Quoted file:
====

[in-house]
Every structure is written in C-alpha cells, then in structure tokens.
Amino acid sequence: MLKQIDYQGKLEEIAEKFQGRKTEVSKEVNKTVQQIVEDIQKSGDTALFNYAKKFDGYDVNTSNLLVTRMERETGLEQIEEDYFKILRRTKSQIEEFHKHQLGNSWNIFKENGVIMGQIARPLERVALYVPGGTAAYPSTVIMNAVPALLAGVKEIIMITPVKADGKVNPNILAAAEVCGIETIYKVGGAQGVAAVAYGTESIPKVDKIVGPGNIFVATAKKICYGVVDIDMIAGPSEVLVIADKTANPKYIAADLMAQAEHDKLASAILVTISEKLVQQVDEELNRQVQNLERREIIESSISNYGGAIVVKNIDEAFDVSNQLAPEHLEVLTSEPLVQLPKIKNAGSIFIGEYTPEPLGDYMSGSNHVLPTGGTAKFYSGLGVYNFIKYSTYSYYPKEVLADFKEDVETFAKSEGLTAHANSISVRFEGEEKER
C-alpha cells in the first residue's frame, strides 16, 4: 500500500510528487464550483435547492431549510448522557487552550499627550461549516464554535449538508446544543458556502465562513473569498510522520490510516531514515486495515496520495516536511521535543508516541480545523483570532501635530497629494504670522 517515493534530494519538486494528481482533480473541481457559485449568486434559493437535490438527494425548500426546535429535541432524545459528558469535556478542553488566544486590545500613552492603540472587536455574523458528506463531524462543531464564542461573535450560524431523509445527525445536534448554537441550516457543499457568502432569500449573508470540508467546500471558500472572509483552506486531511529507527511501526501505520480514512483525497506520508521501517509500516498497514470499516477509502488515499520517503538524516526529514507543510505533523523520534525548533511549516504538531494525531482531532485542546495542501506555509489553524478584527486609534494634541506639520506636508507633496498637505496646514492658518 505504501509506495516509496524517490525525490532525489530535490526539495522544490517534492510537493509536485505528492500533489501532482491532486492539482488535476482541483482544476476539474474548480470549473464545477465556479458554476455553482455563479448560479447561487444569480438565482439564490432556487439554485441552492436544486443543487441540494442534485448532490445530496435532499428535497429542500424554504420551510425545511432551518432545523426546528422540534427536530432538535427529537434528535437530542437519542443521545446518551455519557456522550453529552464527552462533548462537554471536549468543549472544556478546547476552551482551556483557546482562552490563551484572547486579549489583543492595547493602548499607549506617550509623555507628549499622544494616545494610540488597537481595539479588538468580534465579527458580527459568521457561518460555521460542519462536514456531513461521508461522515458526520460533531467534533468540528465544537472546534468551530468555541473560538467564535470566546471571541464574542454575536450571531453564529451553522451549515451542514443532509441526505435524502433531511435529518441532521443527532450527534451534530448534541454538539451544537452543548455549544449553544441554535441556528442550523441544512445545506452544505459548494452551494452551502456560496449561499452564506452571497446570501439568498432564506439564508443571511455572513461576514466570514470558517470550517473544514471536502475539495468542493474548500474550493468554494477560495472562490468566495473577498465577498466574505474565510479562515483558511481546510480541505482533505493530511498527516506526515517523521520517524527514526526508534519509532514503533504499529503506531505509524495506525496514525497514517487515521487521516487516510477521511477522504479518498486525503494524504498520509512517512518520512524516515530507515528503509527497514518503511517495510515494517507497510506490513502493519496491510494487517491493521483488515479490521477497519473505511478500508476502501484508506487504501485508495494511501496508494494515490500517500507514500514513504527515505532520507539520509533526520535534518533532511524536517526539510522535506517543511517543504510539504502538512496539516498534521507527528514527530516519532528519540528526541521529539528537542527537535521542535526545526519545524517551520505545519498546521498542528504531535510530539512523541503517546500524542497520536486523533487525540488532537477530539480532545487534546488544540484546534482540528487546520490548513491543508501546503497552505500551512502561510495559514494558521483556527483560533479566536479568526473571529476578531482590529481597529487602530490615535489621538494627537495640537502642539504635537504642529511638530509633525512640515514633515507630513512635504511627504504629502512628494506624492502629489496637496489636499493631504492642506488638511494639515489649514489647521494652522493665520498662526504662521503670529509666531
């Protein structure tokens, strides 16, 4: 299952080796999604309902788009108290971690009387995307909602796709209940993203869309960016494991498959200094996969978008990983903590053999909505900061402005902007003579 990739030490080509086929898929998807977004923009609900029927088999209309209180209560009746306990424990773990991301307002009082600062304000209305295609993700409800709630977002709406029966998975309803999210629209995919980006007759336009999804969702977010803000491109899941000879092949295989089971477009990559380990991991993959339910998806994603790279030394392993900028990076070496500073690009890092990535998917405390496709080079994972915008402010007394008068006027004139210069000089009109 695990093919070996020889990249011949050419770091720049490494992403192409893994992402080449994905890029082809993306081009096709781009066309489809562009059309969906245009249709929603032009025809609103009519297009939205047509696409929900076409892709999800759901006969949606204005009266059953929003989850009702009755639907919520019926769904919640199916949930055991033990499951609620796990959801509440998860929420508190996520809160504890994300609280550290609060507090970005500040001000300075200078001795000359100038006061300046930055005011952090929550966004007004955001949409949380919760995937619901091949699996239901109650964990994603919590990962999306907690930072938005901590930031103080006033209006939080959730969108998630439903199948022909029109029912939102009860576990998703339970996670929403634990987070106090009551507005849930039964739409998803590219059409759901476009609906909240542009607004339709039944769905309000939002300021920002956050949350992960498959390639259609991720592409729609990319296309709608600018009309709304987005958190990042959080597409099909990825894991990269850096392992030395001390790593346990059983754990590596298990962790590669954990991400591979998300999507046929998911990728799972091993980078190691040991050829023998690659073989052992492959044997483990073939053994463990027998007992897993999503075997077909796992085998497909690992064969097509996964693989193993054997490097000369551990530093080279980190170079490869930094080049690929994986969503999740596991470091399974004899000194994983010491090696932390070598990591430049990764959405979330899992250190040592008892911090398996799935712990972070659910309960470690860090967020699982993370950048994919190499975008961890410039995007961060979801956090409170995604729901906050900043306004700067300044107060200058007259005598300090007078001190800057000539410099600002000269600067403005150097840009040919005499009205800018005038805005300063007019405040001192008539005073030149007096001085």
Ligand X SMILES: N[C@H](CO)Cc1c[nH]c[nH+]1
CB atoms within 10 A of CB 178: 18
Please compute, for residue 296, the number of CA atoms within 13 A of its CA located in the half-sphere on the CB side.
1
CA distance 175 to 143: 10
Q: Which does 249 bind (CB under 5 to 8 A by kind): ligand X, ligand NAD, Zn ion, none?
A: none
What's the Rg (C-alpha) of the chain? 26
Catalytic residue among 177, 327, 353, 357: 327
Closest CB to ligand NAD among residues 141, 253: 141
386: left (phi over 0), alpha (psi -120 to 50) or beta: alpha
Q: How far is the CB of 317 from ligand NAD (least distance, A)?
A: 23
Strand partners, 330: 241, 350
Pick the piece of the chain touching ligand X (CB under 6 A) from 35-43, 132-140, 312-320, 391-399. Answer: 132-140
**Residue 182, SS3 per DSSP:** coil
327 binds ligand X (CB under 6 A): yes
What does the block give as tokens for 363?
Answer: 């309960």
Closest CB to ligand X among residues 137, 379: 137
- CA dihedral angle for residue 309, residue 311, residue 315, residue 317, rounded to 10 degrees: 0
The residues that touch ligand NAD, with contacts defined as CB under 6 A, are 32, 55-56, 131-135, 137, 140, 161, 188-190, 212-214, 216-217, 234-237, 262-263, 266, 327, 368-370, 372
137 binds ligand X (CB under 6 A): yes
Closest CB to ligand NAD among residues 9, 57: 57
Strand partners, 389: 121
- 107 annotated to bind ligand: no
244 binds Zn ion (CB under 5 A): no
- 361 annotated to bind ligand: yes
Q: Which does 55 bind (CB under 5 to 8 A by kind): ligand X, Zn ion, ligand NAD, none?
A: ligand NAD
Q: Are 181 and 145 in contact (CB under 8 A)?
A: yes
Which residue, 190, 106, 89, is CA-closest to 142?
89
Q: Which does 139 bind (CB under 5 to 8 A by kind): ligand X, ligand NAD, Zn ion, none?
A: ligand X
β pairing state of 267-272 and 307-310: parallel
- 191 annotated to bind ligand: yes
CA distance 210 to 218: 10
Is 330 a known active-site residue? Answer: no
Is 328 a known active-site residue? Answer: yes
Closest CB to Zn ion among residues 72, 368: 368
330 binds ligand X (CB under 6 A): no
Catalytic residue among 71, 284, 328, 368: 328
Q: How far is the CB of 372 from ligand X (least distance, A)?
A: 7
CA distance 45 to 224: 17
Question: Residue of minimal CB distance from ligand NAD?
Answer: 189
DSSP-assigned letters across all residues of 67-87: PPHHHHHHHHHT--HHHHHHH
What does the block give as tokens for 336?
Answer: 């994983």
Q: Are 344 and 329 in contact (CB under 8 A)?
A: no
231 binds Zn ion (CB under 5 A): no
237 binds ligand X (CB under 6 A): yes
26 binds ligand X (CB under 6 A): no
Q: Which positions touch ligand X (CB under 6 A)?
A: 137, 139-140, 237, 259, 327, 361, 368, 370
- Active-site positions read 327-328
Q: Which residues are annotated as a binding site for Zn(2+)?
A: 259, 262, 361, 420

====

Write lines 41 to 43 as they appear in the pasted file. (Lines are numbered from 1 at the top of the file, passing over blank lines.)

A: ligand X
β pairing state of 267-272 and 307-310: parallel
- 191 annotated to bind ligand: yes